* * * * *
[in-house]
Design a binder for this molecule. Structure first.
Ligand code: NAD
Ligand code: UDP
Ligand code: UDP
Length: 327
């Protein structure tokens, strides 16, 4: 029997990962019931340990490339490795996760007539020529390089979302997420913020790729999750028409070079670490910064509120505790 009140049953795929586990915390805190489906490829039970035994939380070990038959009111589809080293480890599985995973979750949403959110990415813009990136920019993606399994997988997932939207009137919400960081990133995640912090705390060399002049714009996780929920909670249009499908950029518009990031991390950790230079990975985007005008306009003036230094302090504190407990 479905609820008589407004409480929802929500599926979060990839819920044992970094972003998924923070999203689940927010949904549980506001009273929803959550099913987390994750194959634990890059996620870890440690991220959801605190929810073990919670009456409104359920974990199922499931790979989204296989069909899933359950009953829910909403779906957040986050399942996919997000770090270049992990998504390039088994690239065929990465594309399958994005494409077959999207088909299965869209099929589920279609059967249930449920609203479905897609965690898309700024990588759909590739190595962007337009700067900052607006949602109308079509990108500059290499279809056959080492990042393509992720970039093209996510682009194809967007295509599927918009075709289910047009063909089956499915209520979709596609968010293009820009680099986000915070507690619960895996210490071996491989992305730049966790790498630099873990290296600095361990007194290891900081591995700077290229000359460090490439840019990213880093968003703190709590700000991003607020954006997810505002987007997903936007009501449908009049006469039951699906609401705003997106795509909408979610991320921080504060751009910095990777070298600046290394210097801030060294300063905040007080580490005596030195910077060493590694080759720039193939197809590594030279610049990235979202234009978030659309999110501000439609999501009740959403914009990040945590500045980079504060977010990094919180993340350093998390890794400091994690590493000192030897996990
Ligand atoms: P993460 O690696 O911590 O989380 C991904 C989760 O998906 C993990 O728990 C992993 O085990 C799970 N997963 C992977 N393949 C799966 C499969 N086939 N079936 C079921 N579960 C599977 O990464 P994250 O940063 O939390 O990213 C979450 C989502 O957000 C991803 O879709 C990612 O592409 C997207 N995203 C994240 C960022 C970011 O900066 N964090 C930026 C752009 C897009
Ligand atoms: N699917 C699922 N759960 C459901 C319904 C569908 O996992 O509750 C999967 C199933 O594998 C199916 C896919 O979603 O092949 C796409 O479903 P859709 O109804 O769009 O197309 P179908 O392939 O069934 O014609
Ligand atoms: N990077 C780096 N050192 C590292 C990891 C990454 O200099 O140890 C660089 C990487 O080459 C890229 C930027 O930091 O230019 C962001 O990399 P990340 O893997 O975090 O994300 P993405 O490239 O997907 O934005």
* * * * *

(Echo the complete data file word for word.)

[in-house]
Design a binder for this molecule. Structure first.
Ligand code: NAD
Ligand code: UDP
Ligand code: UDP
Length: 327
């Protein structure tokens, strides 16, 4: 029997990962019931340990490339490795996760007539020529390089979302997420913020790729999750028409070079670490910064509120505790 009140049953795929586990915390805190489906490829039970035994939380070990038959009111589809080293480890599985995973979750949403959110990415813009990136920019993606399994997988997932939207009137919400960081990133995640912090705390060399002049714009996780929920909670249009499908950029518009990031991390950790230079990975985007005008306009003036230094302090504190407990 479905609820008589407004409480929802929500599926979060990839819920044992970094972003998924923070999203689940927010949904549980506001009273929803959550099913987390994750194959634990890059996620870890440690991220959801605190929810073990919670009456409104359920974990199922499931790979989204296989069909899933359950009953829910909403779906957040986050399942996919997000770090270049992990998504390039088994690239065929990465594309399958994005494409077959999207088909299965869209099929589920279609059967249930449920609203479905897609965690898309700024990588759909590739190595962007337009700067900052607006949602109308079509990108500059290499279809056959080492990042393509992720970039093209996510682009194809967007295509599927918009075709289910047009063909089956499915209520979709596609968010293009820009680099986000915070507690619960895996210490071996491989992305730049966790790498630099873990290296600095361990007194290891900081591995700077290229000359460090490439840019990213880093968003703190709590700000991003607020954006997810505002987007997903936007009501449908009049006469039951699906609401705003997106795509909408979610991320921080504060751009910095990777070298600046290394210097801030060294300063905040007080580490005596030195910077060493590694080759720039193939197809590594030279610049990235979202234009978030659309999110501000439609999501009740959403914009990040945590500045980079504060977010990094919180993340350093998390890794400091994690590493000192030897996990
Ligand atoms: P993460 O690696 O911590 O989380 C991904 C989760 O998906 C993990 O728990 C992993 O085990 C799970 N997963 C992977 N393949 C799966 C499969 N086939 N079936 C079921 N579960 C599977 O990464 P994250 O940063 O939390 O990213 C979450 C989502 O957000 C991803 O879709 C990612 O592409 C997207 N995203 C994240 C960022 C970011 O900066 N964090 C930026 C752009 C897009
Ligand atoms: N699917 C699922 N759960 C459901 C319904 C569908 O996992 O509750 C999967 C199933 O594998 C199916 C896919 O979603 O092949 C796409 O479903 P859709 O109804 O769009 O197309 P179908 O392939 O069934 O014609
Ligand atoms: N990077 C780096 N050192 C590292 C990891 C990454 O200099 O140890 C660089 C990487 O080459 C890229 C930027 O930091 O230019 C962001 O990399 P990340 O893997 O975090 O994300 P993405 O490239 O997907 O934005």